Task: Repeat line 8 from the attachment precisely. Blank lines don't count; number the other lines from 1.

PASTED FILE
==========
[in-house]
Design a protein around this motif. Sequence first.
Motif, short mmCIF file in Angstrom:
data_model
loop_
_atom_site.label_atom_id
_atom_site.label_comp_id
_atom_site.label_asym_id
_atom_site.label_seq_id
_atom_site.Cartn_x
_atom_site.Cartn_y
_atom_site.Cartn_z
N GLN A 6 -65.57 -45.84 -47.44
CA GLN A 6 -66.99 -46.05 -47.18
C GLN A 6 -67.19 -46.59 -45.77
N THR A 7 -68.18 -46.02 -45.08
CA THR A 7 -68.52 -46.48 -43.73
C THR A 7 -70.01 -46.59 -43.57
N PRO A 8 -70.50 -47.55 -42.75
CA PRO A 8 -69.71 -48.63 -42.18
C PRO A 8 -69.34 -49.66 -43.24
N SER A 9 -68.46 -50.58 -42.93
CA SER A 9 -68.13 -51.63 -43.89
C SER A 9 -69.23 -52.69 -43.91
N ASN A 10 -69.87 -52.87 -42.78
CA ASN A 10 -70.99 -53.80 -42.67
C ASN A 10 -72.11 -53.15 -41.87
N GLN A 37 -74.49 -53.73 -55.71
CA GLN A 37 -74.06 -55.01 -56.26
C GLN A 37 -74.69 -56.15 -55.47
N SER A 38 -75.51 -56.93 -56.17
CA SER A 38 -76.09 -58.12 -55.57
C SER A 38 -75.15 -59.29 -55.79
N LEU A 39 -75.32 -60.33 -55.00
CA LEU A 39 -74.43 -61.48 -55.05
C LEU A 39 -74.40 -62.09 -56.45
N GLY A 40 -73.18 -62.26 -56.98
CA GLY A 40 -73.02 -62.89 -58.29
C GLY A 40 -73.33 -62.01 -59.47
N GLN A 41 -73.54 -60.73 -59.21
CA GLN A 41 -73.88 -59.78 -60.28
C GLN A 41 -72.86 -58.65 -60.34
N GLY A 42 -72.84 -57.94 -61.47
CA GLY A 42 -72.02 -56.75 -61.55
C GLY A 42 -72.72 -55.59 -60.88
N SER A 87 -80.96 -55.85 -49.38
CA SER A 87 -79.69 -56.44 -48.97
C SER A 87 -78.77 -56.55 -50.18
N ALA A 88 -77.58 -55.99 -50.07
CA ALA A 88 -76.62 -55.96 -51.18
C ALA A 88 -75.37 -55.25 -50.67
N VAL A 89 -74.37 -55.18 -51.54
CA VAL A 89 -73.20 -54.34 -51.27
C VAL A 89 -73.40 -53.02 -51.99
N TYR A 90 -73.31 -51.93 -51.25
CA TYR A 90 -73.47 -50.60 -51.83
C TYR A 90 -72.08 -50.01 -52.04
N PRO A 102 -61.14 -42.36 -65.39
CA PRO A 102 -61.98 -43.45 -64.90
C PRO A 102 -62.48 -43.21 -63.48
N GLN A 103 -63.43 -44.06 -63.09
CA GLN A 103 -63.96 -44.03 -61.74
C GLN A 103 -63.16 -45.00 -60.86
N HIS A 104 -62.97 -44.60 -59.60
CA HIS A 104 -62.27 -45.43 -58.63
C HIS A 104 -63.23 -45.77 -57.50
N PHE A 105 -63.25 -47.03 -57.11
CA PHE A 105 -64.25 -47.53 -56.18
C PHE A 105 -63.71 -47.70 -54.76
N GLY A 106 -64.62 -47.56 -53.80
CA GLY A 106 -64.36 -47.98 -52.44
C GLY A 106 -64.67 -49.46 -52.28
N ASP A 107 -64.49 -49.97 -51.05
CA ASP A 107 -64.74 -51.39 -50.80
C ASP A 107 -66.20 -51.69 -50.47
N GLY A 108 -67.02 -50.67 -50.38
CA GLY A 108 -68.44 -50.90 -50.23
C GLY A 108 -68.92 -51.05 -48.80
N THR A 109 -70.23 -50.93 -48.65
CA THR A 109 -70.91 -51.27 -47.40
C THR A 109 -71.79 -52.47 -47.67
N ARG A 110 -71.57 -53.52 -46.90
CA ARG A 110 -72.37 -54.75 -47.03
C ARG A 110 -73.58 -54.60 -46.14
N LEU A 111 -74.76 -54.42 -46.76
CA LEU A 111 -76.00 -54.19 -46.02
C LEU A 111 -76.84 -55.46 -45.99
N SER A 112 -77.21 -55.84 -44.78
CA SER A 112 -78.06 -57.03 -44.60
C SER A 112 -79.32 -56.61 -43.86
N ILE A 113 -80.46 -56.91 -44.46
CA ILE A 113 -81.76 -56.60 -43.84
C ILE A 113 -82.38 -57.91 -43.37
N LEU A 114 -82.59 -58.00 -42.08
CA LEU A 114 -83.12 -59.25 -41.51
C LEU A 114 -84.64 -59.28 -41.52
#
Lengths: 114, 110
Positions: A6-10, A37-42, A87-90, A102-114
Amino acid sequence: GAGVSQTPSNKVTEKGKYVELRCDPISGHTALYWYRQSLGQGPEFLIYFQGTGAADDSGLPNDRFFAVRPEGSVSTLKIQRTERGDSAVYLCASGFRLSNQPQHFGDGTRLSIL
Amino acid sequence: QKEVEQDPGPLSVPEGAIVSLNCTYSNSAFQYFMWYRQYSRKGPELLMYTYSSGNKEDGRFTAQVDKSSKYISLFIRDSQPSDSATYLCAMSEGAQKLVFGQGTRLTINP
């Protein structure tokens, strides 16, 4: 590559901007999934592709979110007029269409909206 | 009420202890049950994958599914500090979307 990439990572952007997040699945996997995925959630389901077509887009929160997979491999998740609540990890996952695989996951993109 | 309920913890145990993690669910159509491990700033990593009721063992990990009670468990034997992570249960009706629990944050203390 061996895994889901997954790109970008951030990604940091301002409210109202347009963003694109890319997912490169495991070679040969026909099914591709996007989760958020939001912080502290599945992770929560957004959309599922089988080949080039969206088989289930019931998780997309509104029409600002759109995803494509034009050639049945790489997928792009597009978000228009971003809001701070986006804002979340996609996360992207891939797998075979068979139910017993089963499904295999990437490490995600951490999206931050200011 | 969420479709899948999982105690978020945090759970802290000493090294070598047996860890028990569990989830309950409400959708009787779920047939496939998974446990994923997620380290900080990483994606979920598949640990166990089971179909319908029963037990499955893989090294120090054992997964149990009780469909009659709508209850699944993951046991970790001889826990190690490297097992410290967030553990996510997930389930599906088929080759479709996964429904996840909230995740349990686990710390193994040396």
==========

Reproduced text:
_atom_site.label_asym_id